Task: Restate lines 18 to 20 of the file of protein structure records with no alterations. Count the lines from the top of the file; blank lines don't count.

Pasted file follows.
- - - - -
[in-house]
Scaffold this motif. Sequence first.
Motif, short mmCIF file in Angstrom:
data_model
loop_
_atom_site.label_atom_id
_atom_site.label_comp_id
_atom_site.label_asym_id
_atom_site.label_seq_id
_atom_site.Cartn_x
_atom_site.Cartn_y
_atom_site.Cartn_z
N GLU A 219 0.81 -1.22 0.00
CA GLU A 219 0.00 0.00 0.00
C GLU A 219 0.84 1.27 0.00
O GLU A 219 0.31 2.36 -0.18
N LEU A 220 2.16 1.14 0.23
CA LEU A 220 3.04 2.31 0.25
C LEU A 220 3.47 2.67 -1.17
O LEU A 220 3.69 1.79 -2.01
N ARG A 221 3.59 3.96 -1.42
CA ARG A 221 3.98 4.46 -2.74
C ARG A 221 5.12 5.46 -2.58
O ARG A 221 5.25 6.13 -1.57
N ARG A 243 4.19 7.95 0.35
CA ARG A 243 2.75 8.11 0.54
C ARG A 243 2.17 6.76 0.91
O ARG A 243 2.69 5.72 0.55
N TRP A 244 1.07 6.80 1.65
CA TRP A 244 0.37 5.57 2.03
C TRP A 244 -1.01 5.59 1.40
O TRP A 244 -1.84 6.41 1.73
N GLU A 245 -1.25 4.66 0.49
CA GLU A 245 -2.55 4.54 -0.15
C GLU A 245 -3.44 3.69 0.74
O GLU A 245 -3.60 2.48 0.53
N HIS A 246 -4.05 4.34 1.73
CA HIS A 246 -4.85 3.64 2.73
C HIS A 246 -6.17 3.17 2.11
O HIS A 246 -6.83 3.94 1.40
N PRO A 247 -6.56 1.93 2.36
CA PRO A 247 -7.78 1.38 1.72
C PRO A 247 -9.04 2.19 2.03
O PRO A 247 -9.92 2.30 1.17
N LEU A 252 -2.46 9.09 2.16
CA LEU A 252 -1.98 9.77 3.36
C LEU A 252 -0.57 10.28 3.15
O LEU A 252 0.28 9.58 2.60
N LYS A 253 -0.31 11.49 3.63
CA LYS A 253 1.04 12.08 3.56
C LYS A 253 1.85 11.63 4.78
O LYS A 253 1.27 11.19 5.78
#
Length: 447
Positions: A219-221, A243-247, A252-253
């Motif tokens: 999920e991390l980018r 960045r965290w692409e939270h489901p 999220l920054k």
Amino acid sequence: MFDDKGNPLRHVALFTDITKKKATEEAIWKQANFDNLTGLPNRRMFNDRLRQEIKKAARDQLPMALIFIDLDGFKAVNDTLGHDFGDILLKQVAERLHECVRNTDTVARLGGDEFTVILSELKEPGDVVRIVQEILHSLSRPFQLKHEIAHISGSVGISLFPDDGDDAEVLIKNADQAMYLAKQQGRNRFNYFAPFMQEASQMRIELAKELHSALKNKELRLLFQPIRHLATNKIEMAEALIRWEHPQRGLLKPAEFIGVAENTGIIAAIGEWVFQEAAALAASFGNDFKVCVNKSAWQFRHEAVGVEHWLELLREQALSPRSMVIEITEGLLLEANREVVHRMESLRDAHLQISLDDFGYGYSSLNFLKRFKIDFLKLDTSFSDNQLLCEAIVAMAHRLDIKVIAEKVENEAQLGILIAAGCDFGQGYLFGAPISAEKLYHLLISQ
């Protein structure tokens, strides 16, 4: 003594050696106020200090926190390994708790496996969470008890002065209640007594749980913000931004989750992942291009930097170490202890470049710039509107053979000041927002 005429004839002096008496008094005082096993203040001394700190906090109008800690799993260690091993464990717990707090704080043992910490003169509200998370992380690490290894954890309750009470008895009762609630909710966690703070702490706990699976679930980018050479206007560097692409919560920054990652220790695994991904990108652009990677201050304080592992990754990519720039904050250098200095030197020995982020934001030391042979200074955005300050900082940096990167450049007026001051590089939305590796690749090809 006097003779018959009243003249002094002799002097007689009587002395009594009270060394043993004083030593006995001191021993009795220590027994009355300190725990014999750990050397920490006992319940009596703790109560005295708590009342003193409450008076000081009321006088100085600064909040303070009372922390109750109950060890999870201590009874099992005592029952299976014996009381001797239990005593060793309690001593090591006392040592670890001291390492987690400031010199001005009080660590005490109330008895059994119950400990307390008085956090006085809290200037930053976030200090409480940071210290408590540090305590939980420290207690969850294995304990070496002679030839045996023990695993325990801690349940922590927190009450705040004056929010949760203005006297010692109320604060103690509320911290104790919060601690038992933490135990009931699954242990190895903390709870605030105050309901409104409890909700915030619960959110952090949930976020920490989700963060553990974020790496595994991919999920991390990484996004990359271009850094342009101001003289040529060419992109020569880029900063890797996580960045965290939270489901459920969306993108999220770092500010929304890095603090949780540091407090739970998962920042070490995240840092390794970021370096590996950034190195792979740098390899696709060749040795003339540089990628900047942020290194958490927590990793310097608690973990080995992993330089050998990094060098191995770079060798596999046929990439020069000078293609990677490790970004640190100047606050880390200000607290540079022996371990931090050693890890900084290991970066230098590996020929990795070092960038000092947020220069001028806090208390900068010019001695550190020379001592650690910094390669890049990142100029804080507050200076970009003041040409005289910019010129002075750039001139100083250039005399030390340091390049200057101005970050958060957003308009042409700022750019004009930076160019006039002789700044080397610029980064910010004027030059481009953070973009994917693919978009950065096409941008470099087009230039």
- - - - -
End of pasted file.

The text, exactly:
CA LEU A 220 3.04 2.31 0.25
C LEU A 220 3.47 2.67 -1.17
O LEU A 220 3.69 1.79 -2.01